But if you don’t want to be seen as yet another sleazy salesperson, you have to learn who to be when you’re not selling.
Who that is? It’s all a question of what your personal brand means to the marketplace.
I’ve used realtors as an example before. Are you the nurturing, education-friendly realtor for first-time homebuyers? Or are you the wheeling-and-dealing go-getter who only takes million-dollar listings? Who to be when you’re not selling will change drastically between those two people.
Since I’ve definitely picked on MLMs on this topic, I’ll throw you a bone if you’re in direct selling.
Are you the solution-oriented and product-focused salesperson who ignores the haircare side of the business and focuses on skincare for millennials who can’t kick their acne? This person would build a lot of how-to videos and instruction into their off-season content.
- I’d recommend a complete tutorial on their morning routine, their evening wash and moisturize routine for starters.
- I’d probably show which products are better for certain hormonal times of the month.
- I’d talk about what a client needs to do for their body besides skincare to get the most out of the products.
- And even though they’re selling specific products, I’d do a whole series on how to choose products from another brand–which ingredients to avoid and which to look for–because it would subtly point to their own as the best.
- I could go on here… even though I’m by no means an expert on the subject.
All of this leads to the audience, the future clients, looking to you as the expert. When you build that trust, you’ve completed the KLT journey. You’re the de facto expert in their eyes. They’ll come back again and again for more value and when it IS time to sell? They are far more likely to buy.
This is a warm audience.
If you’re a yoga instructor who teaches community classes, you aren’t going to walk into class one day and tell everyone you’ll be starting with headstands.
No, you’d post a flyer on the community board that you’re doing an advanced six-week workshop with all the right steps to get your body ready for a headstand.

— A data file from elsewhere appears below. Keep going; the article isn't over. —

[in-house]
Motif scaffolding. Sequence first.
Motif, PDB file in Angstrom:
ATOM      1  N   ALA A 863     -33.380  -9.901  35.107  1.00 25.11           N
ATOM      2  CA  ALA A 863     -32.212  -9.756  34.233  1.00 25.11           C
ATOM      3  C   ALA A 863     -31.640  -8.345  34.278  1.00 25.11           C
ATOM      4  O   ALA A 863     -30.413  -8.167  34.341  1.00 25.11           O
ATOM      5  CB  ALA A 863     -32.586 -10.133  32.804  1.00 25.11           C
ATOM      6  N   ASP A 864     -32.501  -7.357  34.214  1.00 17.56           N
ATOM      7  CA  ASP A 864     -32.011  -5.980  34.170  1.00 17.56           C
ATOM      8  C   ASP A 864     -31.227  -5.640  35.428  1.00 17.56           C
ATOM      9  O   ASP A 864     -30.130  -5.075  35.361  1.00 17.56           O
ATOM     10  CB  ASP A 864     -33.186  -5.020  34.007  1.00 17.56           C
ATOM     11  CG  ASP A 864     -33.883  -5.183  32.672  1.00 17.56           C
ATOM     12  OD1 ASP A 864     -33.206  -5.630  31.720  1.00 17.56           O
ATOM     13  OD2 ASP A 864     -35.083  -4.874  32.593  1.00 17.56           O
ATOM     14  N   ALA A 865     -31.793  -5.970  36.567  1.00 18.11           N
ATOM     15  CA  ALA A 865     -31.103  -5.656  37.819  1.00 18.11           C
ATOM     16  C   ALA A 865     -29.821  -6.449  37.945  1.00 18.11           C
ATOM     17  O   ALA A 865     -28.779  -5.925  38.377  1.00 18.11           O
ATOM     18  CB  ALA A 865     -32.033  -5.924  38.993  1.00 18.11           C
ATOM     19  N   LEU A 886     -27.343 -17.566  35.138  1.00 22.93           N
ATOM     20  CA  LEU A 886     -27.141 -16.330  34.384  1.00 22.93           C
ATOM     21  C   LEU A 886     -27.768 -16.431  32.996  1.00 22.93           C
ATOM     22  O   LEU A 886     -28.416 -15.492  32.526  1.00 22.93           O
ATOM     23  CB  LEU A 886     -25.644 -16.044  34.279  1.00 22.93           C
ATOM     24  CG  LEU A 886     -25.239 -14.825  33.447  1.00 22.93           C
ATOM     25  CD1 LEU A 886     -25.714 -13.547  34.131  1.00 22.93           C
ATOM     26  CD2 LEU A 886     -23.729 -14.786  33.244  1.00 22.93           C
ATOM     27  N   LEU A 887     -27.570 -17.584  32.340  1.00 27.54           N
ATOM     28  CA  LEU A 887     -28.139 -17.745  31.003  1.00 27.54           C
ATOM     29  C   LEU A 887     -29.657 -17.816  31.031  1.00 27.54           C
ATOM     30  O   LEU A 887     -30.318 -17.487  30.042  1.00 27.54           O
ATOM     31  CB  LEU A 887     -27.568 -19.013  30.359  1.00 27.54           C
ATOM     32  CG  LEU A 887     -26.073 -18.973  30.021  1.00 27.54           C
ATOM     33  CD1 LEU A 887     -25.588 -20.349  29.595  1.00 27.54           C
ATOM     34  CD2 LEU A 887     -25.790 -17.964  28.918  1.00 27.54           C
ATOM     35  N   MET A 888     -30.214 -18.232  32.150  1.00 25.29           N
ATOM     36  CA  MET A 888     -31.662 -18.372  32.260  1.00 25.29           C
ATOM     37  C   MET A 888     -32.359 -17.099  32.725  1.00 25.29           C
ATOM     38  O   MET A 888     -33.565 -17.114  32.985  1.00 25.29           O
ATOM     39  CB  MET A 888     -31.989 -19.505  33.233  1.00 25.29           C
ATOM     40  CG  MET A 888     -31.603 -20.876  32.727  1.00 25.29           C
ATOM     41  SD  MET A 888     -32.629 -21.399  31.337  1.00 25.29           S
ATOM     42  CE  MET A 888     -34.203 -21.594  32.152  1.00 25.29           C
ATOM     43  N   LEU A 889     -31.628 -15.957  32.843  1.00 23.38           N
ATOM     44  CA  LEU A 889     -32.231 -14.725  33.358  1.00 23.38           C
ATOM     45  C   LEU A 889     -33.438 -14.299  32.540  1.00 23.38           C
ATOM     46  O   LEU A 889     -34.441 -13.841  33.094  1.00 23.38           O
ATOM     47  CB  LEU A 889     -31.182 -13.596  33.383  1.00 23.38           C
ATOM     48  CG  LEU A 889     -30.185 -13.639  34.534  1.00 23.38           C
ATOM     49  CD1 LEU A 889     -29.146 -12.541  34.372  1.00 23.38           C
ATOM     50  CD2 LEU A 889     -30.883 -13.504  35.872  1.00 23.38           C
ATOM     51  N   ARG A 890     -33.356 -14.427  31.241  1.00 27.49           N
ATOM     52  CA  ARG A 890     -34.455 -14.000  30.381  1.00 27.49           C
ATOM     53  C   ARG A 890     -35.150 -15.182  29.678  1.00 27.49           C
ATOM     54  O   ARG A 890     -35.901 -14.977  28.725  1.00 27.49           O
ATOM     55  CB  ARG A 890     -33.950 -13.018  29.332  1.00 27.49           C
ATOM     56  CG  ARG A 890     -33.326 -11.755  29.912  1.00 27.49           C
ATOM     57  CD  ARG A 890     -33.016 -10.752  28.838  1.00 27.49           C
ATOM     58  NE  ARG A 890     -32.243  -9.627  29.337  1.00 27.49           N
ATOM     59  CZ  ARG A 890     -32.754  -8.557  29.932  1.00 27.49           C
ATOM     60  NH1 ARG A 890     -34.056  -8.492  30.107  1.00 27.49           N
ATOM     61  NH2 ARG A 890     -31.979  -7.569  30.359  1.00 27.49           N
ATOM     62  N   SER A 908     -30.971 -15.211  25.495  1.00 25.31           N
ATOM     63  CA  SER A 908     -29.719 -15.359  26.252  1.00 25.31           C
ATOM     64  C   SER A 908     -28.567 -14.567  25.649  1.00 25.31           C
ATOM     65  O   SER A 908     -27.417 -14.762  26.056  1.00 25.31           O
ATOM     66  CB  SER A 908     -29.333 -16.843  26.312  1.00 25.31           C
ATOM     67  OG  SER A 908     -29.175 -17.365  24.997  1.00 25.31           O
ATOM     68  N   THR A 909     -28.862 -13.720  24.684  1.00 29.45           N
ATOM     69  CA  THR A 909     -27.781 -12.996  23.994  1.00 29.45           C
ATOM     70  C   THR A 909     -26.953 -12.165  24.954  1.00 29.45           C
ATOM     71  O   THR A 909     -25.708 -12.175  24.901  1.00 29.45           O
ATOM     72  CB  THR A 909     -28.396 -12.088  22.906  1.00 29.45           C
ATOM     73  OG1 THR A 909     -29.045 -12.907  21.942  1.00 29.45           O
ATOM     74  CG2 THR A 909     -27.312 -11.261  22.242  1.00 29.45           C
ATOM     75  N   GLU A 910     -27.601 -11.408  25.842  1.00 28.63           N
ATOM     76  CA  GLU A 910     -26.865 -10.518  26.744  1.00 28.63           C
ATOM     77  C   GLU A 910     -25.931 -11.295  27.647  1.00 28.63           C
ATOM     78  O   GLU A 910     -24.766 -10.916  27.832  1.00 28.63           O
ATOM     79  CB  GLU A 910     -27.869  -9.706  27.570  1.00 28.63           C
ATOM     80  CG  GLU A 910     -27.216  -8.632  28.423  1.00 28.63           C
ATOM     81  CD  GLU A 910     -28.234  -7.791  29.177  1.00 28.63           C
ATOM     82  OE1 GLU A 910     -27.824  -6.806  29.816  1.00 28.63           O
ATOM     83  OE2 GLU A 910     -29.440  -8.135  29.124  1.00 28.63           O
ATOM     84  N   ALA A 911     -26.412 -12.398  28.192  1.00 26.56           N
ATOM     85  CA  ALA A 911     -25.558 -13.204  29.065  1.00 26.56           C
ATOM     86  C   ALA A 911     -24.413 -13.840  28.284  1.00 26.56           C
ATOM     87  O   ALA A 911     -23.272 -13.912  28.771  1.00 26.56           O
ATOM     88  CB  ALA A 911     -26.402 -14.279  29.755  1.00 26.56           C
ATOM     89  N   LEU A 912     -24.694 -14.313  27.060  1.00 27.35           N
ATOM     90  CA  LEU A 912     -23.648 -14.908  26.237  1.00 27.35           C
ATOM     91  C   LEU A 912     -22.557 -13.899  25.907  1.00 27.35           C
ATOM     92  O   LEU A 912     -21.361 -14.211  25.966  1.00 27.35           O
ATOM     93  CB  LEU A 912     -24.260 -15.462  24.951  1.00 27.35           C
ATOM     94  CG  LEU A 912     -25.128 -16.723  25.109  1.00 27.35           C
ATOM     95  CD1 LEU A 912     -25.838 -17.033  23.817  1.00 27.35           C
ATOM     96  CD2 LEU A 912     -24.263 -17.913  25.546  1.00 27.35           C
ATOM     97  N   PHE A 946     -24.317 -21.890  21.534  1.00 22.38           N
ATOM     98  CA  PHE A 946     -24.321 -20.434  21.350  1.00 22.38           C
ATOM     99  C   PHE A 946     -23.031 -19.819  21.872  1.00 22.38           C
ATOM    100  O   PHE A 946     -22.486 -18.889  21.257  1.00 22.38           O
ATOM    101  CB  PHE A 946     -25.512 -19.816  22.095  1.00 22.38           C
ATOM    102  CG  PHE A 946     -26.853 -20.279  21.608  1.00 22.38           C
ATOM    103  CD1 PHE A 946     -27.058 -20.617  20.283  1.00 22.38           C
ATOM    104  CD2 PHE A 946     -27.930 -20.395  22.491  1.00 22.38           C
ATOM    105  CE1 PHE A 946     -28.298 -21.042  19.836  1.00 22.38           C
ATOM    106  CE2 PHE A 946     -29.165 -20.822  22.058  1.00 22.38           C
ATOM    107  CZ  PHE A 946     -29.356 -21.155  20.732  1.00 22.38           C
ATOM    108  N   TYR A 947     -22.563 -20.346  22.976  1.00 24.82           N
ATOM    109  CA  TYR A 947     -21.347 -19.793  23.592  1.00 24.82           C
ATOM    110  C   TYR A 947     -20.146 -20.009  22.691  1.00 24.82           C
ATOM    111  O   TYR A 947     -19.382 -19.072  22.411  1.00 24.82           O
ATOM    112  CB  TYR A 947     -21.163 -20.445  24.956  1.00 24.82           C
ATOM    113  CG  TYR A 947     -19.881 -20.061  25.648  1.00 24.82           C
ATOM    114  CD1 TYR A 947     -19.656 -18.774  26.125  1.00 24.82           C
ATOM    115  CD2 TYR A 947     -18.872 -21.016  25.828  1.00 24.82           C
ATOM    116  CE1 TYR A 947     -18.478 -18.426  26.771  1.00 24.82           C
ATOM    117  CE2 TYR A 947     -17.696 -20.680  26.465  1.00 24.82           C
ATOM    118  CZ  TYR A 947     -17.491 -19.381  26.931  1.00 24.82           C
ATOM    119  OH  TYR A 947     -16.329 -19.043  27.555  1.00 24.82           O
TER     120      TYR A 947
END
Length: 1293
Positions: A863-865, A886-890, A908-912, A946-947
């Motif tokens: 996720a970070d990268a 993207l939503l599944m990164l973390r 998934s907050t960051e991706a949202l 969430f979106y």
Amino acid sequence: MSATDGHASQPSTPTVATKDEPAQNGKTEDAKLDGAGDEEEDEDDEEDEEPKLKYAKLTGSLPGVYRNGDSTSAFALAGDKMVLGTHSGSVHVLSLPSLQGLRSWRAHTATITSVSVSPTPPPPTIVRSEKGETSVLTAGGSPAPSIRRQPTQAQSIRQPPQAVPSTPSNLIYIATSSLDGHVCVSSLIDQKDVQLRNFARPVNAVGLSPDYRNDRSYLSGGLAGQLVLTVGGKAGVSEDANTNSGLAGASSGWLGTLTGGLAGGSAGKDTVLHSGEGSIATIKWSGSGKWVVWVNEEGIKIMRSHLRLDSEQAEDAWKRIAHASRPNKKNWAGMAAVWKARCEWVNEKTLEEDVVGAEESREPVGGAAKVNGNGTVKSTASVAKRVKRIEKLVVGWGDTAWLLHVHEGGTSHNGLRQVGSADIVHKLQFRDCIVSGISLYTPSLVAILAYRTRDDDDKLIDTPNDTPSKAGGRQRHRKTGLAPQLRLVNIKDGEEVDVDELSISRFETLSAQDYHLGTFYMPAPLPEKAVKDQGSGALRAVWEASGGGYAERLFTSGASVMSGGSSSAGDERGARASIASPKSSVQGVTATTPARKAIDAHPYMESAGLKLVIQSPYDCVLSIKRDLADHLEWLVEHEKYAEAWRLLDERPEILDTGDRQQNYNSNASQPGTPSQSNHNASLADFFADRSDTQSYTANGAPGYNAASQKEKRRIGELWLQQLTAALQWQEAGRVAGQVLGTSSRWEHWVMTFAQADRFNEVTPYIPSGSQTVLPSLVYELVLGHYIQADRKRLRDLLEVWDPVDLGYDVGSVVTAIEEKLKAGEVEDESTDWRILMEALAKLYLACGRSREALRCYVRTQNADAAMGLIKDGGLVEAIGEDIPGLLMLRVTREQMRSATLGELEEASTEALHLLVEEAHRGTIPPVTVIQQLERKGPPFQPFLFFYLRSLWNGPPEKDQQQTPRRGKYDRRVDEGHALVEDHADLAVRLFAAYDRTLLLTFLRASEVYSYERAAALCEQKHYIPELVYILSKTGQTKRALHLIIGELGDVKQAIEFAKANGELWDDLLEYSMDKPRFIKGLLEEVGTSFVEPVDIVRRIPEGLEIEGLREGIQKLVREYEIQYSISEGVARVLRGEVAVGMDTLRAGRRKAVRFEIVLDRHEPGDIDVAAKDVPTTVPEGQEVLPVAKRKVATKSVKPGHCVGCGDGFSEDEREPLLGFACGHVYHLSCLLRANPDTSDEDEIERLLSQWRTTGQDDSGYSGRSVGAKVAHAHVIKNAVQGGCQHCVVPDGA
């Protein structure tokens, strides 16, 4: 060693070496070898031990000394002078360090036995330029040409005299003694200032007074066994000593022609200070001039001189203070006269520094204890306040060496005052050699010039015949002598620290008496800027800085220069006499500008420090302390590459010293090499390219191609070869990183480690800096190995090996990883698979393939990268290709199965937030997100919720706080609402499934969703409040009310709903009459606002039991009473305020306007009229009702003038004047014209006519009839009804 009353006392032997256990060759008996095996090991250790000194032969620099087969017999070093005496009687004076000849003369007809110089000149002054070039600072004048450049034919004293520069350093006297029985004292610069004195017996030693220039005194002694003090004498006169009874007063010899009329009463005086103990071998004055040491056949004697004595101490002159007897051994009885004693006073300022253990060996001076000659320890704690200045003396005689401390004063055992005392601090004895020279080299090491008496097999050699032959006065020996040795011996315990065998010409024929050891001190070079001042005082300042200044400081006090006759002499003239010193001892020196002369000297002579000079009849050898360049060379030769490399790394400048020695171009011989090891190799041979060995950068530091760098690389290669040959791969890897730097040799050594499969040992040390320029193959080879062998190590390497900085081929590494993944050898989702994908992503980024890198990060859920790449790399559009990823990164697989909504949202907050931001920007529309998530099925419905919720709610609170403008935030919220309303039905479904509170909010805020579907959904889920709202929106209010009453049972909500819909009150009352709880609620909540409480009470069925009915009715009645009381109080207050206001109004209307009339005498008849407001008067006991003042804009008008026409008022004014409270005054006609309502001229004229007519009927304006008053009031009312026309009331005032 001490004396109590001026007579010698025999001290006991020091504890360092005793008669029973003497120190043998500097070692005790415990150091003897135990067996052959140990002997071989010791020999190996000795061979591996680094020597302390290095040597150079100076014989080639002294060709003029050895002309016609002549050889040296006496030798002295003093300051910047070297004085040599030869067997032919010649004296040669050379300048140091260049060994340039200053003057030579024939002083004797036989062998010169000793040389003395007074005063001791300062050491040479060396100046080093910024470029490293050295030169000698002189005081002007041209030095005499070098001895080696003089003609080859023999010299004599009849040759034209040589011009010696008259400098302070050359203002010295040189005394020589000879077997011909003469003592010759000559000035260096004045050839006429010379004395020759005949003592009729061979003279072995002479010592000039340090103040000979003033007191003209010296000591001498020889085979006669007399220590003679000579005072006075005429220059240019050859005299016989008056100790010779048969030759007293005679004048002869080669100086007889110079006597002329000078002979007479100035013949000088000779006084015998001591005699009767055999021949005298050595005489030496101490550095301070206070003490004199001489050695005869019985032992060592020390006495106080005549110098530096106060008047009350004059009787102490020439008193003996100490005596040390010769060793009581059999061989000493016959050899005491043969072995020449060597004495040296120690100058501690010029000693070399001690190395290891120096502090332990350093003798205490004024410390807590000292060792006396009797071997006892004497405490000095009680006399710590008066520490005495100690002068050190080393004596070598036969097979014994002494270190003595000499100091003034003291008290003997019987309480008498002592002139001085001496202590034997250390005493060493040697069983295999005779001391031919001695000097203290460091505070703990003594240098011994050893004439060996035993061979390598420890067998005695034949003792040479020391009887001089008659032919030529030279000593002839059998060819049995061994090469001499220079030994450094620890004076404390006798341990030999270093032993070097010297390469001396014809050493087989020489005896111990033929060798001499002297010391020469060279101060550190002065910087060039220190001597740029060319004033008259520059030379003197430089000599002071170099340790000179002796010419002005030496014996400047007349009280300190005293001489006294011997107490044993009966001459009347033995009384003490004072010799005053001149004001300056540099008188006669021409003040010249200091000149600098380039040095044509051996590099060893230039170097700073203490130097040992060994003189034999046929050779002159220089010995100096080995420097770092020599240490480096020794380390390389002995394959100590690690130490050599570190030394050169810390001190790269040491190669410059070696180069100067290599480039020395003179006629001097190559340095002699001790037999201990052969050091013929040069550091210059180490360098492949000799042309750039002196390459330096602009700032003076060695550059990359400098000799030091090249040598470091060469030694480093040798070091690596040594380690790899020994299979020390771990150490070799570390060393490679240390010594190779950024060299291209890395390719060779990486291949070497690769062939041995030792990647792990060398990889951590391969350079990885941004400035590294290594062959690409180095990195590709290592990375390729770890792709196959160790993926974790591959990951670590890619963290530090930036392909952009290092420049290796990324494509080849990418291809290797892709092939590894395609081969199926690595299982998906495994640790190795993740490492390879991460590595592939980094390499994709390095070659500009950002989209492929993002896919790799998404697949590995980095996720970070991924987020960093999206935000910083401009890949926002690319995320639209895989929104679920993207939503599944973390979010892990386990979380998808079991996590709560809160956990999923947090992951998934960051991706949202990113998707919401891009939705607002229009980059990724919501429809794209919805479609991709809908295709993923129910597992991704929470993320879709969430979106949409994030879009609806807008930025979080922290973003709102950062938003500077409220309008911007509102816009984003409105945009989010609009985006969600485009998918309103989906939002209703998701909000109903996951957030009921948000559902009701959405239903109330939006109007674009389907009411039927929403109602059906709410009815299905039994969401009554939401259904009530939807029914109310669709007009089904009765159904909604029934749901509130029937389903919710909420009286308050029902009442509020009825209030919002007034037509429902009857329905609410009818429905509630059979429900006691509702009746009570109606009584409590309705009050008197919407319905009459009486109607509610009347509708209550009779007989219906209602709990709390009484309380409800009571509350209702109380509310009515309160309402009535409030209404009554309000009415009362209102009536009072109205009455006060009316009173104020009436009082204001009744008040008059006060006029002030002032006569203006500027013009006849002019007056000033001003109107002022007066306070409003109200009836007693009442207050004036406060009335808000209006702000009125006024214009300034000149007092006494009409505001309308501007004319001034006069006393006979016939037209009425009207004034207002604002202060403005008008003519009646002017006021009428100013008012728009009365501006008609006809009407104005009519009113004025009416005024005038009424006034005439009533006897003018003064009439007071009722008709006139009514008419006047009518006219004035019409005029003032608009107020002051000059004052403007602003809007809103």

Hopping online and telling everyone they need to buy a particular product is like walking into a yoga class for Seniors and telling them it’s time to do a headstand. Today. Without any prep.
DMing people you haven’t built a relationship with (to know whether you’re their best client) is like telling my dad we’re going to Sweet Tomatoes.
Of course, there are exceptions to these rules.
My husband likes craft beer and generally turns up his nose to the Bud Lights of the world, but when we were boating on the river in 110-degree weather, he had no problem downing a Corona.
Don’t make the mistake of thinking you can sell my husband a Corona the other 360 days of the year.
You don’t want to try to build a business around the exception. That’s not going to fill your online courses or group programs WITH EASE.
You want to build a business around clients that desire your services ALL 365 days of the year.
Nurturing your audience with content you derive from your brand foundation work is where it’s at.
In fact, when you’ve done your brand foundation work, who to be in the off season, who to be when you’re NOT selling is easy. You’ve already done the work!
If you’re ready to learn, once and for all, who YOU need to be when you’re not selling and you’re reading this shortly after publishing, I’m currently enrolling for Secret to Sought-Out, my group program that teaches you what to say, where to say it & how to show up visually online to attract perfect-match clients.